A popular open-source software for e-commerce is vulnerable to being cheated, computer security researchers at the University of California, Davis, have found. By exploiting vulnerabilities in the widely used osCommerce software, the researchers were able to purchase items from online stores for free or substantially less than their correct prices.
“The majority of the payment modules in osCommerce are vulnerable to logic attacks that allow you to pay less or even pay nothing at all,” said Fangqi Sun, a graduate student working with Professor Zhendong Su in the UC Davis Department of Computer Science.
The researchers have been attempting to notify osCommerce of the discovered vulnerabilities and to help the developers patch the software. They have also refunded the vendors for items they purchased at below cost during their research.
Online transactions rely on a trusted third party, or “cashier,” who bridges the gap between vendors and their customers. But the use of a third party cashier also complicates the payment logic and introduces a new class of vulnerabilities that can result in significant financial losses to merchants, Su said.
The osCommerce software allows vendors to manage online transactions. It has been in active development and maintenance for about 12 years and is currently powering more than 14,000 online retailers. It is open-source software, meaning that programmers around the world can contribute and make improvements to it.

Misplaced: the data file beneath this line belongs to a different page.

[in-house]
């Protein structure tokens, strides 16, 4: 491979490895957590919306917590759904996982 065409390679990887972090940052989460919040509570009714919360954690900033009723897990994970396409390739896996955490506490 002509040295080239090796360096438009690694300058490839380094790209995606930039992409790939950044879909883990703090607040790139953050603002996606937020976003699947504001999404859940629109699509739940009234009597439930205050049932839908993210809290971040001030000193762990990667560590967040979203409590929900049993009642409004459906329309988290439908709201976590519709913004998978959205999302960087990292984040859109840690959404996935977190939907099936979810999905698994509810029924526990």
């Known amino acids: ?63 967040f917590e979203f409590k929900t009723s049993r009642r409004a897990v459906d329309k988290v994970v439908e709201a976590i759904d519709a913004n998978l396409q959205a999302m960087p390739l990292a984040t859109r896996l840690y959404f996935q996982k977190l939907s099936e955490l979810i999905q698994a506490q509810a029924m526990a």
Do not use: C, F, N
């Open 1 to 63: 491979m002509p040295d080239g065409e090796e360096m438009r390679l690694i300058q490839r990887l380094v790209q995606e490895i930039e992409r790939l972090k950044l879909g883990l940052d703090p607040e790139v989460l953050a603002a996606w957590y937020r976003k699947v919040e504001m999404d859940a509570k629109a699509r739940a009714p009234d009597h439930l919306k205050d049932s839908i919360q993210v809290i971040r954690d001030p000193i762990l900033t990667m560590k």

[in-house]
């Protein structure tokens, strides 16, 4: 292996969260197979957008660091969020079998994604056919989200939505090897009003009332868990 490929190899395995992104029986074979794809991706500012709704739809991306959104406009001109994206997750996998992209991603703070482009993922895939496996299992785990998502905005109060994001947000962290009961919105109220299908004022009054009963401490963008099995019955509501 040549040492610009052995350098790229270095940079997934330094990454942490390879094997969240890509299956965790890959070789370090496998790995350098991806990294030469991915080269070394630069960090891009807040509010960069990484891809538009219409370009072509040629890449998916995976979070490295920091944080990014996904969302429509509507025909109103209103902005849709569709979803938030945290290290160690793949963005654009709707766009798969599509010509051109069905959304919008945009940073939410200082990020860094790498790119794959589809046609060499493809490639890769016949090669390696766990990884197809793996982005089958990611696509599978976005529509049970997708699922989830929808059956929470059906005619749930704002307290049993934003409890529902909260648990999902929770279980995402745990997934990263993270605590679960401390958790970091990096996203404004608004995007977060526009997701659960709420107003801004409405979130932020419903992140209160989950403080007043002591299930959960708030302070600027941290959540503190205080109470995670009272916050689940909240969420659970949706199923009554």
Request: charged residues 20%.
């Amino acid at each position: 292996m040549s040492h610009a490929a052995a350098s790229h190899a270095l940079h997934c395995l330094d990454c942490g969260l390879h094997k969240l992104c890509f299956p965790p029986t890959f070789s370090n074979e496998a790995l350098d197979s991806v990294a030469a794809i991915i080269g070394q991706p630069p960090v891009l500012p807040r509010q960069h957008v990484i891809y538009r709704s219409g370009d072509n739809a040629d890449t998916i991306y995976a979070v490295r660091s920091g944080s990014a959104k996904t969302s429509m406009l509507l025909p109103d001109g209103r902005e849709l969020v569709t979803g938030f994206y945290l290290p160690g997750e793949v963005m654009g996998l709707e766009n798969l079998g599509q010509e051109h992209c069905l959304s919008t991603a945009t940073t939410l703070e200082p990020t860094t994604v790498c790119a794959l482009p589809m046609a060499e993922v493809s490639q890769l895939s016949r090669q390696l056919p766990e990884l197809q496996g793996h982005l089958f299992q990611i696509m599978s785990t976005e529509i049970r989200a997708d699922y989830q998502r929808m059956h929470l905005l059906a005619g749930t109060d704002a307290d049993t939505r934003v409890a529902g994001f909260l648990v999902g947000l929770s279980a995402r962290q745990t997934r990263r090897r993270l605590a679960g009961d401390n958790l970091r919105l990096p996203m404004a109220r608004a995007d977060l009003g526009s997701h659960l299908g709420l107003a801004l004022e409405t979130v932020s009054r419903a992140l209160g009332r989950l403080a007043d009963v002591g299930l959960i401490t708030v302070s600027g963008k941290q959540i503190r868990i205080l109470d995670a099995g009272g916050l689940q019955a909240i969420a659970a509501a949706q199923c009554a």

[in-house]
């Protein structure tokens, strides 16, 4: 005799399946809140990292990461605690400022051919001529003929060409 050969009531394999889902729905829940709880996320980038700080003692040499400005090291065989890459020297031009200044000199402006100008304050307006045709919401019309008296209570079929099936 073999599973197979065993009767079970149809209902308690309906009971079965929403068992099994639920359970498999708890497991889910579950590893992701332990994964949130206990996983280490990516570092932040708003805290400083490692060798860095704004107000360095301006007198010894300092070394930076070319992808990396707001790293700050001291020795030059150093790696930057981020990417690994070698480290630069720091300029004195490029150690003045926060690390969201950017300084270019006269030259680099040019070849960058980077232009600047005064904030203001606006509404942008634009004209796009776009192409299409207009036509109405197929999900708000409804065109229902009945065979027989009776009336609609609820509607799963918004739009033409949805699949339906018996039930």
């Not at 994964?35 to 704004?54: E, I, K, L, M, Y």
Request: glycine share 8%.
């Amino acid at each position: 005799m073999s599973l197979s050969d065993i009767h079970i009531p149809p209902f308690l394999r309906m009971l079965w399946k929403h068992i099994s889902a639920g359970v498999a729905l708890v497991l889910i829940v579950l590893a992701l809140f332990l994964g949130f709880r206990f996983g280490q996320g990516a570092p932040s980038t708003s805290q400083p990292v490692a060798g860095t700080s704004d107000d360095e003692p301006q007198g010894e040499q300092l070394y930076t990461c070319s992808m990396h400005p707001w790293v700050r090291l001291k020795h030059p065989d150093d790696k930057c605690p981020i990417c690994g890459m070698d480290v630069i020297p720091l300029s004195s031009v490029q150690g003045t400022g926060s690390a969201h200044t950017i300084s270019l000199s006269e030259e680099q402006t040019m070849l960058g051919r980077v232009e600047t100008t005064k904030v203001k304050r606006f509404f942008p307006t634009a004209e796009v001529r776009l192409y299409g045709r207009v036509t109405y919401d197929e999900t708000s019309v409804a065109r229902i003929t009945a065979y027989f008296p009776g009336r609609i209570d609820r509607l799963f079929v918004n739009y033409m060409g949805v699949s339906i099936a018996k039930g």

Sun, with Su and graduate student Liang Xu, downloaded the osCommerce software and developed the first automated tool to scan it for payment logic vulnerabilities.
Sun found for example, that with a few simple changes to HTTP requests she could pay for an item in U.S. dollars instead of the same amount of British pounds, a marked discount depending on the exchange rate. It was also possible to trick a merchant into believing that an item had been paid when in fact it had not.
The vulnerability detection tool was developed for the PHP programming language used to write osCommerce, but the general principles of the attacks should be applicable to other e-commerce software, whether proprietary or open-source, Sun said.
Earlier this year, Su’s research group identified security flaws in popular applications running on Android smartphones.
Source: UC Davis